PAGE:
Satellite observations show sea levels rising, and climate change is accelerating it

    Satellite observations show sea levels rising… True, this claim is observable.

    … and climate change is accelerating it… False, this claim is based upon failed models.

    Ms Brandon makes a disgusting attempt at conflating satellite data with predictions from failed models that arev based upon a failed hypotheis. This is nothing short of fraud, veiled as journalism.

  5. garyh845 says:

    Here’s a rare read (especially in the MSM). Bottom line – corals are doing fine where there is no direct human impact on them (pollution run-off, anchors, building islands over them – S China Sea – etc.).

    “These scientists studying coral reefs were brought to tears — but in a good way.”
    http://www.latimes.com/science/la-sci-coral-reef-health-20160324-story.html

  6. KTM says:

    Apparently the insurance companies are so unconcerned about climate change that they’re willing to insure the coral reef for ~5 cents on the dollar what they would have to pay out each year that climate change causes damage.

    https://www.theguardian.com/environment/2017/jul/20/mexico-launches-pioneering-scheme-to-insure-its-coral-reef

  7. Jackson says:

    I’ve read the trouble for coral reefs comes from over fishing.
    I guess a bunch of people floating around turning the area into an exotic chemical bath totally foreign to anything normal for the area can do harm as well.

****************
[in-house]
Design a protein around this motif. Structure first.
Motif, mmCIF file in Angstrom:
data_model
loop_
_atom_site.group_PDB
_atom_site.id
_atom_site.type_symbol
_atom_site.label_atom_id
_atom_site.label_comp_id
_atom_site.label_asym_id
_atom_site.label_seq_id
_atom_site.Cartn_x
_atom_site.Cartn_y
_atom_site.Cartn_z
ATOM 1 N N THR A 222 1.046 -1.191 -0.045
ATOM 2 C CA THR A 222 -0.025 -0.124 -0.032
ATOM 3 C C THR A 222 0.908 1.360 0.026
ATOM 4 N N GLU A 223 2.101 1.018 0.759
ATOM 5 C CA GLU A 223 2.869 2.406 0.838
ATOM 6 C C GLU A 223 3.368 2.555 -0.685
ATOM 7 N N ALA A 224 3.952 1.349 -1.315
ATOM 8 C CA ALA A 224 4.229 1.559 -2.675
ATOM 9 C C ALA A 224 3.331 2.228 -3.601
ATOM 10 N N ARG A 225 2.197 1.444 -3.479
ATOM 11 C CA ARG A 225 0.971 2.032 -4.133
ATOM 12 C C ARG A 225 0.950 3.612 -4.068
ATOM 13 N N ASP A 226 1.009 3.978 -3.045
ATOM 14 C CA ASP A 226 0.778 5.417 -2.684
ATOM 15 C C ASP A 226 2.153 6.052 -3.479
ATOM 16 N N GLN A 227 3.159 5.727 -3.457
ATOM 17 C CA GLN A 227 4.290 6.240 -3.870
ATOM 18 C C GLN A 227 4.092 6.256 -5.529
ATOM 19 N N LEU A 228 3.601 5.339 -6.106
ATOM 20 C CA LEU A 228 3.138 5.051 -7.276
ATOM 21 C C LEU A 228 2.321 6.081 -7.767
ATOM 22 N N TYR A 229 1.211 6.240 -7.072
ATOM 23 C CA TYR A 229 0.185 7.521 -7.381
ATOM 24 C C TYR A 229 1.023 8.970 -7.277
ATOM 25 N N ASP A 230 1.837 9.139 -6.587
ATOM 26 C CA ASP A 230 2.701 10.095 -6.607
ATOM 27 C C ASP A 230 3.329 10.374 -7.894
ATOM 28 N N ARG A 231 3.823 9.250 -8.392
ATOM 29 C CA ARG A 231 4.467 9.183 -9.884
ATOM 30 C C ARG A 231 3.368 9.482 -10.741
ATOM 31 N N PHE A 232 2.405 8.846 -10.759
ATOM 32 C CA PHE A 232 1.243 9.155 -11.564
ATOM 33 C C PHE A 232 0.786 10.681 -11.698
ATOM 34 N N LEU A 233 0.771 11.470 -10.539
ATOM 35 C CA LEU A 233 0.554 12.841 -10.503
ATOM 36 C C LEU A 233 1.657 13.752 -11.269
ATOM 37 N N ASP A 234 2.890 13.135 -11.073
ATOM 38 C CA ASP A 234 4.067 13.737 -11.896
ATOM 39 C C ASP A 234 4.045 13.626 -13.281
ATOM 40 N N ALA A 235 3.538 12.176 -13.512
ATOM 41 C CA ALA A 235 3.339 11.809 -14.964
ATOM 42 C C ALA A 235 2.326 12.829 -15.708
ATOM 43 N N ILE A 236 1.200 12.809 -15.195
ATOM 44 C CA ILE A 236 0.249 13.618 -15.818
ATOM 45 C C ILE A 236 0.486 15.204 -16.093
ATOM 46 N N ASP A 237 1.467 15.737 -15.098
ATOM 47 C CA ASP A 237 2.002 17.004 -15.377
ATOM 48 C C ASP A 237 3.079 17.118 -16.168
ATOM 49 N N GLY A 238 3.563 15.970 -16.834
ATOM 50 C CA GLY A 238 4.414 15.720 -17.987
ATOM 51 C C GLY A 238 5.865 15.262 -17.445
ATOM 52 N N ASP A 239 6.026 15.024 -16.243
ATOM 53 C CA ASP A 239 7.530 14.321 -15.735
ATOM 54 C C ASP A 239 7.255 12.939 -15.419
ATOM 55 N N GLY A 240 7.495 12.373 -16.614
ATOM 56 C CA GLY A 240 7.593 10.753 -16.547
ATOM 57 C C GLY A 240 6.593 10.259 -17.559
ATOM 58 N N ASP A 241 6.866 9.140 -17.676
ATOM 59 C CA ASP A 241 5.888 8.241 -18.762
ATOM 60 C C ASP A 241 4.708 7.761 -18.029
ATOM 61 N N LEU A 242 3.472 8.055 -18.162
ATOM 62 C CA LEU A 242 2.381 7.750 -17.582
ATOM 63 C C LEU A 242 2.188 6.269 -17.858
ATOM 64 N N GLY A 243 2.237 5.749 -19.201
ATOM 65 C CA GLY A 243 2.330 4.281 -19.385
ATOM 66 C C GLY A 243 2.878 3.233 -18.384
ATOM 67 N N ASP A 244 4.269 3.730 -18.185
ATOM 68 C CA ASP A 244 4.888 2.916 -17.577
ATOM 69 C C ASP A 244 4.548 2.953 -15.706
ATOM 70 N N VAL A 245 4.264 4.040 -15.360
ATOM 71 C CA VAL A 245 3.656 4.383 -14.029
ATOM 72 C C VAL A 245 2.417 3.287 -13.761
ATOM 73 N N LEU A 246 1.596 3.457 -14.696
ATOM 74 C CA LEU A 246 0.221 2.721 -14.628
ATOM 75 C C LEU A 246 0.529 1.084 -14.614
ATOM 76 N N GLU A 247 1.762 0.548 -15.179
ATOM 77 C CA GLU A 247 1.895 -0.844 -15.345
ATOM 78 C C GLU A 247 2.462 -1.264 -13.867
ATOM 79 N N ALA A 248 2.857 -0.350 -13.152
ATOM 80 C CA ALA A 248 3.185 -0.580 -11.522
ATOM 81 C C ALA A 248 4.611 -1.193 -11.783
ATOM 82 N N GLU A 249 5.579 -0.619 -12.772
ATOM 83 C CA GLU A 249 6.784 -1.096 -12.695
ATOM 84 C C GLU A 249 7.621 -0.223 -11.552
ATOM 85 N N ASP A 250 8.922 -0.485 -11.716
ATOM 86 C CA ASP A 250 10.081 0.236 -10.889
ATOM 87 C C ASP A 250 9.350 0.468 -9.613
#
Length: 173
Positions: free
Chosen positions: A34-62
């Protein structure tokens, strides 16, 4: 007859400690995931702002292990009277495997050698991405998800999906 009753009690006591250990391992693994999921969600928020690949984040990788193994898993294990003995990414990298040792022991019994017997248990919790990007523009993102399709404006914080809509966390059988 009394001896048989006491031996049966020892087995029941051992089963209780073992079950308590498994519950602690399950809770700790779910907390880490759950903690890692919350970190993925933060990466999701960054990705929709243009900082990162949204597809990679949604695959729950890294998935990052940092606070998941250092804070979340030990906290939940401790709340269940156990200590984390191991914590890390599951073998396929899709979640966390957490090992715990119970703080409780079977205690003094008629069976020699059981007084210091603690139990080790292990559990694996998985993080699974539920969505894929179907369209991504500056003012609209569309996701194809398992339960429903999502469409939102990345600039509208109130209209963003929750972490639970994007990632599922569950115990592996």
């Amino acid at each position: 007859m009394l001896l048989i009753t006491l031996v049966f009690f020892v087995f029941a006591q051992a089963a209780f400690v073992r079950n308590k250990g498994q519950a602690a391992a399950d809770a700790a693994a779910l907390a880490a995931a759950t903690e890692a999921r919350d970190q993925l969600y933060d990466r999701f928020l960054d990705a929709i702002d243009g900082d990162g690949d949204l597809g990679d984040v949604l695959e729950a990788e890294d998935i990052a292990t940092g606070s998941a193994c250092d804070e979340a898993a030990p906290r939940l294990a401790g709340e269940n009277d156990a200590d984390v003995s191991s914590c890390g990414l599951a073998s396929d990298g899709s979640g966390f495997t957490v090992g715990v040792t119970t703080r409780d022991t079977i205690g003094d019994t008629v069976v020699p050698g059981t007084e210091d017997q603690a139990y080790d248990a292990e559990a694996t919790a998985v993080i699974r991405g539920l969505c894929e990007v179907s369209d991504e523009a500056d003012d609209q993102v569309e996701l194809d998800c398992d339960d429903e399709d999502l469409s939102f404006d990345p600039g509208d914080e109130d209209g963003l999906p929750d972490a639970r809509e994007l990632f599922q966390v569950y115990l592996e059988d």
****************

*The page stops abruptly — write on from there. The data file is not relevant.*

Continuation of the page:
8. The loss of the keystone herbivore in 1983 was the seminal event. From Bermuda to Brazil about 90% of long spine urchins (Diadema antillarum) died in one year, I watched the die off happen in the Bahamas.

    Detailed information is here: http://www.reurchin.com

    We hope that by returning culture raised Diadema to the reefs, reduction of algae cover will foster coral resettlement.

  9. richard says:

    The 5% of world coral that is protected is in good condition

    Coral At Bikin Atoll ( where man does not go) is in pristine condition and growing like a forest.

    The Coral around Cuba is in pristine condition. Cuba does not use pesticides or fertlilizers that leach into the sea.

    Around the Maldives Coral was decimated from use as a building material due to a massive increase in tourism from the 1970s onwards. UNESCO flagged up that at that rate it would be gone in another 30 years. A ban was put on the stripping of Coral in the early 90s. Of course it was so far gone that the Maldives were in trouble from erosion by the sea but it suited the needs of the greenies who blamed it on sea level rise. Today the coral has grown back and the islands are doing fine.

    Along the Yucatan-
    “Pharmaceuticals, illicit drugs, shampoo, toothpaste, pesticides, chemical run-off from highways and many other pollutants infiltrate the giant aquifer under Mexico’s “Riviera Maya,” research shows.

    The wastes contaminate a vast labyrinth of water-filled caves under the popular tourist destination on the Yucatan Peninsula. The polluted water flows through the caves and into the Caribbean Sea”

    So not hard to see that climate change is not a factor in destruction of coral. A bad El Nino year can give it a whacking though. Mass mortality in Coral fields was observed back in the 19th century.

  10. Bob Hoye says:

    Warm part of Mexico. Nice.
    Bitter cold in Vancouver at -1 C.
    Sigh

    • Robert Austin says:

      Cold is all relative. If -1C is bitter, what is the -17C I awoke to in London Ontario? But the sun is shining and we get to see Tony’s pictures of the Yucatan. Life is still good!

  11. Mark Fife says:

    Still on topic, in a very general manner. I found this rather interesting bit of data from the World Monthly Surface Station Climatology data set used at BET. This is raw data by the way. You have two cities in the south west US with records running from 1880 to 2004, Phoenix and El Paso, which are only 350 miles apart. The two records are nearly identical (averaging within 0.1°) from 1880 to about 1960. From 1960 to 2004 Phoenix became obviously warmer.